Greater Washington has “been high up on the growth curve for over a decade”, according to a March 2004 article by Joel Kotkin in Inc. Magazine. The Greater Washington area’s gross regional product is $342 billion, fourth in the nation and exceeding that of several countries, according to the Greater Washington Initiative (GWI). In terms of median household income ($83,200), Greater Washington is the nation’s second wealthiest region (GWI). But these figures do not fully explain how in the course of a couple years, four teenagers were able to build and grow a small business from one cart and a refrigerator to four carts and $30,000 in sales. There are however three adjectives that do define the type of business environment that is the Greater Washington area: innovative, diverse, and entrepreneurial. These same three adjectives, by describing Washington’s business environment, explain how we and many other businesses of the area succeeded.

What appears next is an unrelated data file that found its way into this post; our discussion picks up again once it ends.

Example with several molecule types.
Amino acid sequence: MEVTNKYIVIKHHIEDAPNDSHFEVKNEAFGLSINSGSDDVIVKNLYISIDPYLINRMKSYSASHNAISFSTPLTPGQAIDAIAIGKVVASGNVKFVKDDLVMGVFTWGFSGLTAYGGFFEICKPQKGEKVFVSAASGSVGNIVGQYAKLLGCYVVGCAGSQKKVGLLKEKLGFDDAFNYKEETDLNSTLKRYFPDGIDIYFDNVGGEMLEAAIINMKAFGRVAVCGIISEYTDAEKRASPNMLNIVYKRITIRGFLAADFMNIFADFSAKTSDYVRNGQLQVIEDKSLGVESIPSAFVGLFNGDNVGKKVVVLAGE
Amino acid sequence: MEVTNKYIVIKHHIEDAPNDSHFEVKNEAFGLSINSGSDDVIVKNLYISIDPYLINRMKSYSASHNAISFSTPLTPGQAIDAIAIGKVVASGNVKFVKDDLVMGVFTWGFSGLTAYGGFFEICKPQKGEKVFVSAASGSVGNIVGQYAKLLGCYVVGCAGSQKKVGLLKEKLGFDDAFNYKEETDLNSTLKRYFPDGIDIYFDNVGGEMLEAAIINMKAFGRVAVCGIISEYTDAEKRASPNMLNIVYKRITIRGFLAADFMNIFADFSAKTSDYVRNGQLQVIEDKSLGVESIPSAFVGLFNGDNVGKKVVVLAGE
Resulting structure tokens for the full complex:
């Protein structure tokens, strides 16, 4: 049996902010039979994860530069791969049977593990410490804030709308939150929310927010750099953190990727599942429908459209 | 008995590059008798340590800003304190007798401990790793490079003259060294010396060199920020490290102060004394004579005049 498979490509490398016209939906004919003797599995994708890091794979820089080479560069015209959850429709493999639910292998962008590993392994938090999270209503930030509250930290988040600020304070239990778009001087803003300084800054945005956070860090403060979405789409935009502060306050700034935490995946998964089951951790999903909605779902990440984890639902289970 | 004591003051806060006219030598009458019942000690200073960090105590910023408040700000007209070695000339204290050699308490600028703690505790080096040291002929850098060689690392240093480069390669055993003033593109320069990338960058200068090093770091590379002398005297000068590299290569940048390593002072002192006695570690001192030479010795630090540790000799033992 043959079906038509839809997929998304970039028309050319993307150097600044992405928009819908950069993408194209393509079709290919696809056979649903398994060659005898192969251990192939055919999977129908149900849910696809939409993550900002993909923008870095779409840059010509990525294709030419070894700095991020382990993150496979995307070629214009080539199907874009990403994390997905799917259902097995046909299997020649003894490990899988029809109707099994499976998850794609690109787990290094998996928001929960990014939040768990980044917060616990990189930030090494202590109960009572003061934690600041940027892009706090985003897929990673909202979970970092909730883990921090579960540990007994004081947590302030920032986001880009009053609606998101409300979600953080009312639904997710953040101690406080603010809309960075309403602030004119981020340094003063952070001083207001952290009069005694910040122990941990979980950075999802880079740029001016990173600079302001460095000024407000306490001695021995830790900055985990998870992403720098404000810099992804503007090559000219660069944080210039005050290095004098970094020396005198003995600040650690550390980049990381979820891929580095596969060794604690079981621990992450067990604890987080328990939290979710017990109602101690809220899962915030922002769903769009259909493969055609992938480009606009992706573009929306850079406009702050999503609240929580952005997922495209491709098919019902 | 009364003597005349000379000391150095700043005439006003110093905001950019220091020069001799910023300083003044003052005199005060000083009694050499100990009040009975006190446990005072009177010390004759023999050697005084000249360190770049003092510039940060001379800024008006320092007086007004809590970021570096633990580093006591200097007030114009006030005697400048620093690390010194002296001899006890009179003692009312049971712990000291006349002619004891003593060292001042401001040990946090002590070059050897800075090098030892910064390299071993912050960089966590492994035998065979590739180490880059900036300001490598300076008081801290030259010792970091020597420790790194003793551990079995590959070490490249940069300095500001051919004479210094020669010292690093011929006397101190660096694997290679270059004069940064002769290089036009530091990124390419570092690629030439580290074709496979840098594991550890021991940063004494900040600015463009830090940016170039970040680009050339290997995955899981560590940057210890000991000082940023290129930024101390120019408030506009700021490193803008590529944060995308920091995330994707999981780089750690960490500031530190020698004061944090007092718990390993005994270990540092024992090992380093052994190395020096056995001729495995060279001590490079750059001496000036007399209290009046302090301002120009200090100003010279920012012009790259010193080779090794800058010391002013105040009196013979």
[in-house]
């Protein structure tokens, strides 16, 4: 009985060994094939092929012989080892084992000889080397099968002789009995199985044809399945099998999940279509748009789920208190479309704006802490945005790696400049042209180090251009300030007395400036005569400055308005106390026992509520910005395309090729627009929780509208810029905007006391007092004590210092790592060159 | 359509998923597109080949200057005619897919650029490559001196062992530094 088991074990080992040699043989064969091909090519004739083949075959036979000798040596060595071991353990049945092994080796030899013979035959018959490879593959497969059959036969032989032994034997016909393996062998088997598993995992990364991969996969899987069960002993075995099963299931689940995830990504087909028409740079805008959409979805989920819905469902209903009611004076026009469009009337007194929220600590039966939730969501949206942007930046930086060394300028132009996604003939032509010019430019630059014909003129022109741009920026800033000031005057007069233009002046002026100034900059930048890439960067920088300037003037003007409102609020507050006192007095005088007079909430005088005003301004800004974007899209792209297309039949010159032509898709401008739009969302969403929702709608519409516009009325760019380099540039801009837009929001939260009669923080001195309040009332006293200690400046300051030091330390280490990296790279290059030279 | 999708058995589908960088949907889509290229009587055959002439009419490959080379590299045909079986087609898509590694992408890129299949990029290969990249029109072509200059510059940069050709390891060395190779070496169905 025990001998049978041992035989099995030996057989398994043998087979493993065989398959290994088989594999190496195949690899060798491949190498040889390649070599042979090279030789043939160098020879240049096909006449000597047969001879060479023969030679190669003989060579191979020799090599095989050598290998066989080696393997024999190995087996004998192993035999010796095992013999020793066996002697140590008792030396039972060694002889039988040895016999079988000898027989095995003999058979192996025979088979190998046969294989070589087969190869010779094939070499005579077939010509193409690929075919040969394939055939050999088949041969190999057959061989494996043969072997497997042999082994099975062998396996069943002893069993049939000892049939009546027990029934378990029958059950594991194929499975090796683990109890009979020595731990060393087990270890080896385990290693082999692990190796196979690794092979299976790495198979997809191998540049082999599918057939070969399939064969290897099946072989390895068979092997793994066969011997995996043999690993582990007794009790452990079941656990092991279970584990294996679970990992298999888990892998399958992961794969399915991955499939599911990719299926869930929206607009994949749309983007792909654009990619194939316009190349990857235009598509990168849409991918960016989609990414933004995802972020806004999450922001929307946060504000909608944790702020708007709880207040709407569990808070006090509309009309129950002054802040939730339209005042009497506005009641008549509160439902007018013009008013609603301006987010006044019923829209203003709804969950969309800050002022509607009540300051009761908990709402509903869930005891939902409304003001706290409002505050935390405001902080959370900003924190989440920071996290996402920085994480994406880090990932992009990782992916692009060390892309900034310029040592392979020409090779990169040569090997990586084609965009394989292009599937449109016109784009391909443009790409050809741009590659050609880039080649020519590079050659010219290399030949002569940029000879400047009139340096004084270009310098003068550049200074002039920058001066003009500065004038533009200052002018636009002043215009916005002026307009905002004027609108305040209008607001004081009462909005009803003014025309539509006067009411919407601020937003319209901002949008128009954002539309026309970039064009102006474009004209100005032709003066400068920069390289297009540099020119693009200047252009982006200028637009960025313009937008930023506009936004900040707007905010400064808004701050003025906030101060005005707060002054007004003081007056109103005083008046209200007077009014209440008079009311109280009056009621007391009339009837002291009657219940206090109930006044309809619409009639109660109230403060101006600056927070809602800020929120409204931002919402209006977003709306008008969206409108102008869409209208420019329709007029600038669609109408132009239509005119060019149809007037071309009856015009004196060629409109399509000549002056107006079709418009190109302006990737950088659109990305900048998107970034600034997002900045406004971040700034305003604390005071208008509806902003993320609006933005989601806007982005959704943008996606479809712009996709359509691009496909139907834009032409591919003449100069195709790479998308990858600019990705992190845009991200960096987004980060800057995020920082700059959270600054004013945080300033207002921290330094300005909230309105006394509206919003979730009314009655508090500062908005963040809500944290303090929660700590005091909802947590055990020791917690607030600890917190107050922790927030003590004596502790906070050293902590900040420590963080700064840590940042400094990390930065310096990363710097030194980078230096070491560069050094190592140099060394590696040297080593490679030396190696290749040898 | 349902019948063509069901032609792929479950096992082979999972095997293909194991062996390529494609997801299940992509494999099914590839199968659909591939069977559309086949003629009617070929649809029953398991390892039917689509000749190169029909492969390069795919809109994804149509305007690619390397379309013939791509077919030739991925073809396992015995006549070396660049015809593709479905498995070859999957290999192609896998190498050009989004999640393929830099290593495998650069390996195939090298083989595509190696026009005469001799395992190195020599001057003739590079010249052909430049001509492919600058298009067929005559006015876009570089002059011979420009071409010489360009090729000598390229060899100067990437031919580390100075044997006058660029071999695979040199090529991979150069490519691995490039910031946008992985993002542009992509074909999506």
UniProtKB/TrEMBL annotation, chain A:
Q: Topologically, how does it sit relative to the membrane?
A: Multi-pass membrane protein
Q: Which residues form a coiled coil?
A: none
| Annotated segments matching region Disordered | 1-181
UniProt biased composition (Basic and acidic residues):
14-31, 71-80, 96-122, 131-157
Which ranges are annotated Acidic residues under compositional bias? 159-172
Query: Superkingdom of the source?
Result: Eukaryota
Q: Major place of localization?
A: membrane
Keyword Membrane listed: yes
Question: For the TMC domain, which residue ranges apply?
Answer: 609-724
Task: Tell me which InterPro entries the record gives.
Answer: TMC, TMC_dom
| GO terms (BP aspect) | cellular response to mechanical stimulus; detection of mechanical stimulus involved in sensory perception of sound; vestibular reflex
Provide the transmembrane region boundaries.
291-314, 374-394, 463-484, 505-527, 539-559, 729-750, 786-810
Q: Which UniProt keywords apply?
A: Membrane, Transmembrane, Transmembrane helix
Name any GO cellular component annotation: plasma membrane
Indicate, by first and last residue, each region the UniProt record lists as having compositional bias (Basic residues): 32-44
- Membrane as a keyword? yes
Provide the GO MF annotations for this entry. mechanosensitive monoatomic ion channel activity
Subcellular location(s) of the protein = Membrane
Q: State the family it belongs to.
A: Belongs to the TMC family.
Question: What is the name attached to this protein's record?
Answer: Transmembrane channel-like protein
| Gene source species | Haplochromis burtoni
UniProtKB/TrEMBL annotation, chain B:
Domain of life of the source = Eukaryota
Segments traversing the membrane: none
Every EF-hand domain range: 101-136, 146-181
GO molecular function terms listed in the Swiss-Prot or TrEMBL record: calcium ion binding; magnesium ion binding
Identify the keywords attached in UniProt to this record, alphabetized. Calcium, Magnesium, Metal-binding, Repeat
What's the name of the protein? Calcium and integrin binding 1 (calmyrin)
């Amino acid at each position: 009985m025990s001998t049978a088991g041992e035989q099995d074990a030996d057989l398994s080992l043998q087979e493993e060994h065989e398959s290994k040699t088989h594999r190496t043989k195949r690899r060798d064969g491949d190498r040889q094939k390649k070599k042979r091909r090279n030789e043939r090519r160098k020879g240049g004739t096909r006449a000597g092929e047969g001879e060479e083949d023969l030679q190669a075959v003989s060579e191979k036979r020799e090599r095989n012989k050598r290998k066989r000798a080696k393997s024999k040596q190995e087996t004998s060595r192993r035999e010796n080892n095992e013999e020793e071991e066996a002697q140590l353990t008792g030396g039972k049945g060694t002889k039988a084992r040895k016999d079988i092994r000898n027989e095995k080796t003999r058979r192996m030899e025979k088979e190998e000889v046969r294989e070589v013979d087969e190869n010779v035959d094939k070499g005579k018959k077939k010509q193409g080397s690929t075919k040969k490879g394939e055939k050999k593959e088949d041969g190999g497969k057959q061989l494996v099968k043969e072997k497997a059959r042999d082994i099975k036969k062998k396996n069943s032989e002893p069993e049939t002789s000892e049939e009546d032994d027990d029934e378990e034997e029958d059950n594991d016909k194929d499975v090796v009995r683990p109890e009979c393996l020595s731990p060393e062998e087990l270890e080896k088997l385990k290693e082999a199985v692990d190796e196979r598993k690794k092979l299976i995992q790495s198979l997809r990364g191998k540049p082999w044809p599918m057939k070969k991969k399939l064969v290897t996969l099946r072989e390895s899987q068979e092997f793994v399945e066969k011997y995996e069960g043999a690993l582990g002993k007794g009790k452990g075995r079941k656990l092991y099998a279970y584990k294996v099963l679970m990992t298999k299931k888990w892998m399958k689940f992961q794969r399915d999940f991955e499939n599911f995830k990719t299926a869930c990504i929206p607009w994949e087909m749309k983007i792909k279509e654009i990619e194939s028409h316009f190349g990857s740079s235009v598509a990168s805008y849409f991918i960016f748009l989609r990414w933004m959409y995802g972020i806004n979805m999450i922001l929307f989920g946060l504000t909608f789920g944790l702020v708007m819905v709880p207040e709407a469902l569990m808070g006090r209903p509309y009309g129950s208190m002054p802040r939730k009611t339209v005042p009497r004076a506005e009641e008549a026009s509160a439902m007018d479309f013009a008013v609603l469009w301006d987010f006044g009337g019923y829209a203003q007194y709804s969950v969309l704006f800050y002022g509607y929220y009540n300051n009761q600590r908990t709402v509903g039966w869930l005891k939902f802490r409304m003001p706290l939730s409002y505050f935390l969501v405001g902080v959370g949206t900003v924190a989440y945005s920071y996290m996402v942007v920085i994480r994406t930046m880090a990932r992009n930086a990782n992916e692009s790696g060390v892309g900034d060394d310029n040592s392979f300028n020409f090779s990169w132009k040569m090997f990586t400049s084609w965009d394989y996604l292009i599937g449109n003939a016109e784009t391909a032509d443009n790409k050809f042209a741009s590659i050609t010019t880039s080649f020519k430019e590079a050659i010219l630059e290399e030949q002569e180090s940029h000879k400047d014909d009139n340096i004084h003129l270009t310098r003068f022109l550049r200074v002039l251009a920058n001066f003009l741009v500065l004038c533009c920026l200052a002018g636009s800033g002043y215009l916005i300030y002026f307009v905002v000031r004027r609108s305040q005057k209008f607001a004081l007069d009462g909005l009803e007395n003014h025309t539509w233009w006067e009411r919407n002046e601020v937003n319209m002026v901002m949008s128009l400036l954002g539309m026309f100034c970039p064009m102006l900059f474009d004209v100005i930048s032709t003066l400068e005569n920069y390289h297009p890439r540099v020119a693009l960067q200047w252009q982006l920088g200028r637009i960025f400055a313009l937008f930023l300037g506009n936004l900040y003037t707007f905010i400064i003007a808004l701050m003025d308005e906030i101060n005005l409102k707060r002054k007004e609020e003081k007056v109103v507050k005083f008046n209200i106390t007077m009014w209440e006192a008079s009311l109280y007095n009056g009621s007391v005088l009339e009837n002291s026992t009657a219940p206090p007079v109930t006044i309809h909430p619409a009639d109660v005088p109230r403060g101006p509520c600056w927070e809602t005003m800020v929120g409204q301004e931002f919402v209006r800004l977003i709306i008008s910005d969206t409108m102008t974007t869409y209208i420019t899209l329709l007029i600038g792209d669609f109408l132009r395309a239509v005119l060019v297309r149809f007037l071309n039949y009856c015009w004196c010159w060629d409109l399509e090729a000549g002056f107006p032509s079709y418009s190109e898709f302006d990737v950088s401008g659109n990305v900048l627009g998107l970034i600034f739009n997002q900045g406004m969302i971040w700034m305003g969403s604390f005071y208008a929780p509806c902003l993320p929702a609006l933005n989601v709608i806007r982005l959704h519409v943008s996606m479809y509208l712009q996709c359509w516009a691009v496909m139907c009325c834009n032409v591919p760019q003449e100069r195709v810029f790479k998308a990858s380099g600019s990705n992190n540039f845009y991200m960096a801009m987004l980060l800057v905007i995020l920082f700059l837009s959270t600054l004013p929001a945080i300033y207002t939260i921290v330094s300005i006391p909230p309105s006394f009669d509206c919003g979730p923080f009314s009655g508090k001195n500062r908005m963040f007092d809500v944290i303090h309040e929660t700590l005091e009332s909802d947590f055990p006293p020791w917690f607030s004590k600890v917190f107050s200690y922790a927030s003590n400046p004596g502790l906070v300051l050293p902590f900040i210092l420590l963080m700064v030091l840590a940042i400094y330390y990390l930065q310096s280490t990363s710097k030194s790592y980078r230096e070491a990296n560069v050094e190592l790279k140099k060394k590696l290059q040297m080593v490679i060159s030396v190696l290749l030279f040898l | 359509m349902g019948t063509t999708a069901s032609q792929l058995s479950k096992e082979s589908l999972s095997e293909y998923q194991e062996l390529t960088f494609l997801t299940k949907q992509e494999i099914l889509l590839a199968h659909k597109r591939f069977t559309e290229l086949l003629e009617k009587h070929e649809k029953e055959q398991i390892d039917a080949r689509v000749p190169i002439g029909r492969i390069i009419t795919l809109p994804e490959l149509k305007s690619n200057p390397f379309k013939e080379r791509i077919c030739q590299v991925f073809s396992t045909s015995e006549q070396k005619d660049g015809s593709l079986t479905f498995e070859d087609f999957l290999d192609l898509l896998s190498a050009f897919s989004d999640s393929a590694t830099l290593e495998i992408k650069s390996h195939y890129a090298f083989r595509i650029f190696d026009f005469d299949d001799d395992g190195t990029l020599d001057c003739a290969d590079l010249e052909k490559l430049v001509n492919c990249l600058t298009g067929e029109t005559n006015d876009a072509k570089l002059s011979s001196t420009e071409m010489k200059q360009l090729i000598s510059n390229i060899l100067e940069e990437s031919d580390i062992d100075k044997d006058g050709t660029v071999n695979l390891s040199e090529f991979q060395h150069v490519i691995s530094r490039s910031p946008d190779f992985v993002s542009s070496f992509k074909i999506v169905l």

Innovation can be described as the introduction of the new. It is often driven by education. Washington benefits from this correlation, since the nations’ highest percentage of residents with advanced degrees reside in the area (GWI). This high level of education presupposes exceptional opportunities for those that live and work in the region; these opportunities translate well into the business world. Innovation characterizes the best businesses. But a truly innovative area is one in which not only the established giants of commerce grow, but also the minority-owned businesses that often struggle through great hardship to even get started. Greater Washington is a fine example of one of those innovative areas. According to the Greater Washington Initiative, Washington’s Latino and African-American communities are starting businesses three times faster than the national average. This explosive growth could only occur in an area conducive to innovation; such an area is surely the best place to build and grow a business. My cousins and I thought so, and thought correctly as it turned out. Many other Latino-owned companies agree, and have built their businesses in this innovative metropolitan area.